From the journal of Forsaken
Jorgan saw me about a possible job—some treasure in a forest. Money makes the world go ‘round, and if I’m going to take on the bastards that killed my people, I’m going to need the equipment it buys, so I agreed readily enough. We got a couple of people from before—Tony and Victor—and a new guy, Ammon, who seemed eager to find a job. Told him he’d only get a half share, since we didn’t know him, but I think I made up for it by buying his horse. Somehow—only the Gods know, because I sure as hells don’t—I seem to have slipped into some semblance of leadership here. I had made a comment that I was in charge when Devin was around, but I didn’t think that it would carry on this long. Oh, well. Could be a good thing. Could mean I can keep the morons alive, and I can help them keep me alive.
I talked to Flint, and he should have left a couple of days after us, after he can get his wagons together. He’ll be following with some basic supplies, and is going to meet us in a town near the forest. We all bought horses—I got myself a warhorse, a fine creature, that I named Avenger—and headed out. The trip was relatively uneventful, until we got to the last stretch. We ride over a hill, and there’s a damned ettin, rampaging through the town.
I thought about charging in right away, but at the village, an ettin like this would have taken three or four good warriors, and I don’t know Ammon well enough to know how well he’d have my back. I think I can trust Jorgan, but he’s hardly a warrior, and I haven’t seen Tony do much other than cast some spells. Useful spells, of course, but I don’t know if he’d be able to heal me faster than an Ettin could tear me apart. And, of course, the big thing was I didn’t know how well ANY of them would follow a call to charge into battle.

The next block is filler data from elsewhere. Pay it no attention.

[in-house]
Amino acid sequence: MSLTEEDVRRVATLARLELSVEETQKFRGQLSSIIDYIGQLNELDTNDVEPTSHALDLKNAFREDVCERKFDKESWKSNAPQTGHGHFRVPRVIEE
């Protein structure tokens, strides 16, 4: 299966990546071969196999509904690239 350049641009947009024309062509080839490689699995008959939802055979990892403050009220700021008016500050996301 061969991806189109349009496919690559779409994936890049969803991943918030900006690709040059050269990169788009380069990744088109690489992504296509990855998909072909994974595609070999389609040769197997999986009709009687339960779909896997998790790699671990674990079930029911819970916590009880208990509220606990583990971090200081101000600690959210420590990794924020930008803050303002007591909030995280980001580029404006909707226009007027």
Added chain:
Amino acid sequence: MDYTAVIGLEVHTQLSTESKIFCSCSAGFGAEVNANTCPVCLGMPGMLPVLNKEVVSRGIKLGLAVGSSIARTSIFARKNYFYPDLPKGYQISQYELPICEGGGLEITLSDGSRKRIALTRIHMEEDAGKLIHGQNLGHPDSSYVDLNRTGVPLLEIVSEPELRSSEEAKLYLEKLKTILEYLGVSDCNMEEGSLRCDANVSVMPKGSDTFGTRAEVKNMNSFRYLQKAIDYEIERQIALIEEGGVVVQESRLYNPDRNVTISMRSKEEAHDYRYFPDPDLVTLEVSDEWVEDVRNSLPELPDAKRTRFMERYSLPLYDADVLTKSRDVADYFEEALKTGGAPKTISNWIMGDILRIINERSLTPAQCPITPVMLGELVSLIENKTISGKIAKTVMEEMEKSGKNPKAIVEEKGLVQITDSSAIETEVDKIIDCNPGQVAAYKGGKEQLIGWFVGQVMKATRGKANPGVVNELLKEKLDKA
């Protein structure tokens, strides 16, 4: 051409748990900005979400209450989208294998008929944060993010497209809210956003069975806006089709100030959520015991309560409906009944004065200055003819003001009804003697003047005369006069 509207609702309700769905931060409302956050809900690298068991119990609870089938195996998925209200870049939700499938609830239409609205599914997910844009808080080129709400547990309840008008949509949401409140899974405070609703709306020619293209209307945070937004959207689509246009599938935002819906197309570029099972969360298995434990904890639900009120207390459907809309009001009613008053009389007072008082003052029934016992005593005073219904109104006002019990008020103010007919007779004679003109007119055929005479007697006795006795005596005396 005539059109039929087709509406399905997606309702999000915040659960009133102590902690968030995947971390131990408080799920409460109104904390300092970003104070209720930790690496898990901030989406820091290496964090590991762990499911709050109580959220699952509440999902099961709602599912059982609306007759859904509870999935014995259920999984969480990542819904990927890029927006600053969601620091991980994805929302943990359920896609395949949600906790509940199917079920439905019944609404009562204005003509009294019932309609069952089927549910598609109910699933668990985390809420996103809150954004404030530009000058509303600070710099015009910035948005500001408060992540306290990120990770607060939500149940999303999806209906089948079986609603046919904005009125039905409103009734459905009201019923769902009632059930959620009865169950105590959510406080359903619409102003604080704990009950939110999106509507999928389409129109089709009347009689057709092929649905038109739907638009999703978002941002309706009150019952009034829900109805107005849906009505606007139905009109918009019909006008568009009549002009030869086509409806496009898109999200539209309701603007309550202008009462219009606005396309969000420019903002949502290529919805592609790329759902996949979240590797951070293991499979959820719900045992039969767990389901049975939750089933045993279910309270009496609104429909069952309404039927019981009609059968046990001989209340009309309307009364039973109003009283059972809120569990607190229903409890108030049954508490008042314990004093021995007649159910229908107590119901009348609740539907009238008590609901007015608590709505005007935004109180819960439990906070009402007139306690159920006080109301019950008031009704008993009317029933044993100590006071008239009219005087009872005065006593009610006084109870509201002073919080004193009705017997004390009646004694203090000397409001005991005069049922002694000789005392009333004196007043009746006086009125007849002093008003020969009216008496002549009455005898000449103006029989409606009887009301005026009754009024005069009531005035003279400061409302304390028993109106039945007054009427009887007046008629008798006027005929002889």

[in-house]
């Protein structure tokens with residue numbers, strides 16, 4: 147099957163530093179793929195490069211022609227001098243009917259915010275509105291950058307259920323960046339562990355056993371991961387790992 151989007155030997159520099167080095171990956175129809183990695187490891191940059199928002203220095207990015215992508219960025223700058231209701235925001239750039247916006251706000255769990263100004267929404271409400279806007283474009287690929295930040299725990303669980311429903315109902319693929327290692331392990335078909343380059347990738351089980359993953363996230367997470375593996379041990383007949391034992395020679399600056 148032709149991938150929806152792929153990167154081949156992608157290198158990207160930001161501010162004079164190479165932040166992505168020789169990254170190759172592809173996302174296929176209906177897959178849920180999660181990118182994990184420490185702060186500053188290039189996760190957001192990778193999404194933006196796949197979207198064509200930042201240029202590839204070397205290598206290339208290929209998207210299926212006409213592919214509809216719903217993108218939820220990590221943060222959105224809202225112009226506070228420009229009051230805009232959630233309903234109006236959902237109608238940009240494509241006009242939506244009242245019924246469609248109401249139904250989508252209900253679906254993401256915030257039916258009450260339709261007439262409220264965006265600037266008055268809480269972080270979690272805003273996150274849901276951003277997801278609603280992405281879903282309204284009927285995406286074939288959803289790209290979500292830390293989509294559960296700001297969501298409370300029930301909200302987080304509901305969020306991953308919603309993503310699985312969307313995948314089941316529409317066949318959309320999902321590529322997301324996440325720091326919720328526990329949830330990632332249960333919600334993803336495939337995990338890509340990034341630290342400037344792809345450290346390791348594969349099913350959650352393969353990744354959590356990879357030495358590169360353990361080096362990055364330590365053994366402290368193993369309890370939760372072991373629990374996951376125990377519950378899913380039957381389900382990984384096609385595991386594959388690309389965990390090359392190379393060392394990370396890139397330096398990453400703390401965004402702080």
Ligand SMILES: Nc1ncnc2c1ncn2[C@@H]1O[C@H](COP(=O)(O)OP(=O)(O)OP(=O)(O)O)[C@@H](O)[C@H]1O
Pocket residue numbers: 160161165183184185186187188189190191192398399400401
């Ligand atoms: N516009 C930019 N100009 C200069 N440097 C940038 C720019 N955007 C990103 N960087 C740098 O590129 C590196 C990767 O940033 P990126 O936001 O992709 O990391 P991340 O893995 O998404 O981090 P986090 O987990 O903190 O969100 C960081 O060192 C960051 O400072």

The ettin left fairly quickly, though. We got into town, and apparently, it’d been on a rampage for a while, now—charging in every day, mad as a celibate satyr, laying waste to cattle, property, and people. It also showed up every night, creeping through the town. I got the idea that maybe the two heads were at odds, and I found out the truth of it that night.
We got a few hours rest before dusk, and woke up to see if we’d spot the giant sneaking through town. Sure enough, we did, and I used a Ghost Sound to ask him if he was willing to speak with us. He gestured us to follow him to the temple, and not only was he more than willing to speak, but he spoke the Common tongue.
We found that he was not an ettin by birth—rather, a cleric of Heironeous, who’d been cursed by a wizard he killed. He’d been praying for an end to the curse, but his god merely gave him a riddle.
We returned to the cleric of Newkeep and told him what happened. Victor and Ammon both made some stupid comments—multiple times—enough that the cleric eventually asked me to smack Ammon for his insolence. I did so, and then Victor followed suit. I smacked him as well—not as hard—and turned to continue our business with the cleric. Then the fool hit me from behind.
I turned, enraged, and drew my blade, charging it with a Shocking Grasp. I barely had the presence of mind to turn the blade at the last moment to strike him with the flat, or I daresay I would have killed him. What kind of a pissant coward strikes an ally from behind?
He apologized a few hours later, and our group prepared to meet the ettin in the morning, when Muk, the more evil head, was in charge and bound to attack the town. Thanks to some wise spell usage from everyone, I was able to charge and deliver a devastating blow, knocking out the evil head with a single strike. After the ensuing conversation, Kyrnan realized the answer to the riddle—what his god had been trying to tell him all along. He returned to his human form and vowed to help rebuild the town his more evil half had laid waste to.
The townspeople have offered us free food and lodging, so it looks like we’ll be staying here until Flint arrives. We headed to the keep where Kyrnan was staying and picked up a few pieces of equipment, but we can’t do much with it here—the community is small, and there’s not much of value to trade.